Monday, 31 March 2014

Dat wind

Anyone else on the Avalon notice the winds that are forecasted over the next couple days?

There's 48+ hours of non-stop wind coming from the North straight into conception bay.
Holyrood might be the place to be tomorrow! Wednesday will probably be even better especially considering that you might be able to see something once this insane snow storm clears!!

Current winds:

Time +24 hours

Time +48 hours

Ivory Gull, Jaegers, Northern Fulmar, Storm-petrels, and Skuas are all possible in an exponentially decreasing liklihood!
That being said, it's getting quite late for an Ivory Gull! :S

Black-legged Kittiwakes, should be in the bay in big numbers!

Adult Iceland Gulls might return too - did you notice that they disappeared over the last couple weeks!?

Check out the marine wind forecasts here:

Tonight & Tuesday: "Northeast 20 increasing to 30 knots"
Wednesday: "Northeast 35 to 45"

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Sunday, 30 March 2014

Signs of Spring to Expect: April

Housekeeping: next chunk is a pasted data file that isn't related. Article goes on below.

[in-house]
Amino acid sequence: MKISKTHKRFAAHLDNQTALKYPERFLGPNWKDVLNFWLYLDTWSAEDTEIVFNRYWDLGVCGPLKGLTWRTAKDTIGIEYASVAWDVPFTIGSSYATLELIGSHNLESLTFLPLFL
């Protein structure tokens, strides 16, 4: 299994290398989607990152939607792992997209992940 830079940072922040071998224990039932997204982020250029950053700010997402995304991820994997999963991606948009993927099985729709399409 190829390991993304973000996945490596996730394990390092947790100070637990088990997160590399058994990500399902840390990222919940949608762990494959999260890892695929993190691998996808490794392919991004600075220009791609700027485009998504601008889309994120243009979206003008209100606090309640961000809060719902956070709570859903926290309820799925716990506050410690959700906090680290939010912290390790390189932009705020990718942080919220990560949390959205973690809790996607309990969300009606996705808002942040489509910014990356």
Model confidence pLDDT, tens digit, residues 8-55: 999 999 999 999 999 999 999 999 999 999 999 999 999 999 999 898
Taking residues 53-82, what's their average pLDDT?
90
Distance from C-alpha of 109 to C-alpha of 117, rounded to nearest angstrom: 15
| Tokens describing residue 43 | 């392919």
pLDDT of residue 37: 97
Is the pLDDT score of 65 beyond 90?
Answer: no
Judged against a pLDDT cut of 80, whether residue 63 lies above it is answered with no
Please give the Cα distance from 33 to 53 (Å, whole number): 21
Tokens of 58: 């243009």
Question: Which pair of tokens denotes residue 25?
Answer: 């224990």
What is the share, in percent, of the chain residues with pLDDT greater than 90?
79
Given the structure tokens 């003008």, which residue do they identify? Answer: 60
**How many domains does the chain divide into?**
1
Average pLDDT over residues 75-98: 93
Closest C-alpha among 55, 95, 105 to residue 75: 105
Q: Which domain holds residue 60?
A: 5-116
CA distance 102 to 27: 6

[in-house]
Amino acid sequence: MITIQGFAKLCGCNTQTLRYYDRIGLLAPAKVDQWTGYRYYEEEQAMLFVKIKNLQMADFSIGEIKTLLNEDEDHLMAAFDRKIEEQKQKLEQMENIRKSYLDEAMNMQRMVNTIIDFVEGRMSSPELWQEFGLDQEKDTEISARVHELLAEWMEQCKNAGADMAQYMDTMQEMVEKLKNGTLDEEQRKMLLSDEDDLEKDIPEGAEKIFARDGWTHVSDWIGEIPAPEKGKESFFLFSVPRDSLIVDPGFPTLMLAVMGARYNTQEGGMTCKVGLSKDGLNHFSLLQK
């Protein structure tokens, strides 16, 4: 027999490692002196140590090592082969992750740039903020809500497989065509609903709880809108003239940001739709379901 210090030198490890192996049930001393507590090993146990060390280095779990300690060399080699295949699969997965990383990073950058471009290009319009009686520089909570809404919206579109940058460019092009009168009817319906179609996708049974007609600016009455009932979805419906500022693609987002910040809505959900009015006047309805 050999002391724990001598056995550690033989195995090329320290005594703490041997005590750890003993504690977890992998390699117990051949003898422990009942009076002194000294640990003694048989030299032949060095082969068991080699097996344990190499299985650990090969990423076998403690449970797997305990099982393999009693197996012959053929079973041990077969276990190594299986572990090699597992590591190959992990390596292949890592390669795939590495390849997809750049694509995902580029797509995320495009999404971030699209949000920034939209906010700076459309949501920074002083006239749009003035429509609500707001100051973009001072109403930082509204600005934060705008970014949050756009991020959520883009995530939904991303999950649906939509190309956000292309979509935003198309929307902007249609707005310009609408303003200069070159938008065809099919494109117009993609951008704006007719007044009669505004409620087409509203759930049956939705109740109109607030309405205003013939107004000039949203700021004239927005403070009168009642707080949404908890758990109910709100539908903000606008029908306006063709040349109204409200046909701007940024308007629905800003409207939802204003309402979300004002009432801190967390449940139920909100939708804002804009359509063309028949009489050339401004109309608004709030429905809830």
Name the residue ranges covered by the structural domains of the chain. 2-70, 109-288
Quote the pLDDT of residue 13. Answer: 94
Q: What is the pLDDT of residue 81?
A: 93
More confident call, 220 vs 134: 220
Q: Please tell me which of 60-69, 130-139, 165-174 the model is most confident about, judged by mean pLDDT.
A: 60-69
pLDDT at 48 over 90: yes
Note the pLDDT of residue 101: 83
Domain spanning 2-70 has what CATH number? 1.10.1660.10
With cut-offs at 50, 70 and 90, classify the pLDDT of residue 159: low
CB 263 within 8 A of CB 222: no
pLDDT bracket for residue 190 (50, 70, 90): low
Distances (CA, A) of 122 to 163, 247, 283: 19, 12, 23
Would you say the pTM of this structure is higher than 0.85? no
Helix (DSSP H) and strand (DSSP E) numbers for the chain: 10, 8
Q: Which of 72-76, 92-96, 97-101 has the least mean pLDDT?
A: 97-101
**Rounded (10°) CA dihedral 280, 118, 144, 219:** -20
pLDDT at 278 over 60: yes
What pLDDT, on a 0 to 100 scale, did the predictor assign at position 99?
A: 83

Back in late February I made a forecast on what to expect for migrating birds in March on the Avalon. Most of the predictions were more or less correct - except that birds weren't singing as early as I had thought/hoped, mostly because of the below average cold and severe snow storms in the last week of March.

Although the first Horned Larks and Fox Sparrows have been reported, and Northern Fulmars and Black-legged Kittiwakes are loitering around sea cliffs, it certainly doesn't feel like spring yet. Partly because I have been locked up studying all month and haven't seen any of those species this month... that's about to change as I rearrange my priorities ;)

Here is what we can hopefully expect from April:

Ducks will be on nests by the end of the month - hard to believe when there isn't any open water...

Canada Goose - numbers should increase throughout the month. Rare geese are generally not found with them though, so they won't get as much attention as they might deserve.

Common Eider - large concentrations will be a mainstay throughout the month. But most people will have King Eider ticked on their year list, so they won't get the attention they deserve either. King Eider sightings will drop off in early April as they seem to migrate North earlier than the Common Eiders.

Ruffed Grouse - in previous years they have started drumming by mid month, might be a bit later this year though!

Northern Gannet - sightings are starting to trickle in, right on schedule! But it'll be another week and a half until they're "guaranteed" at places like Cape Spear.

Osprey - around April 20th is the first day one is reported every year.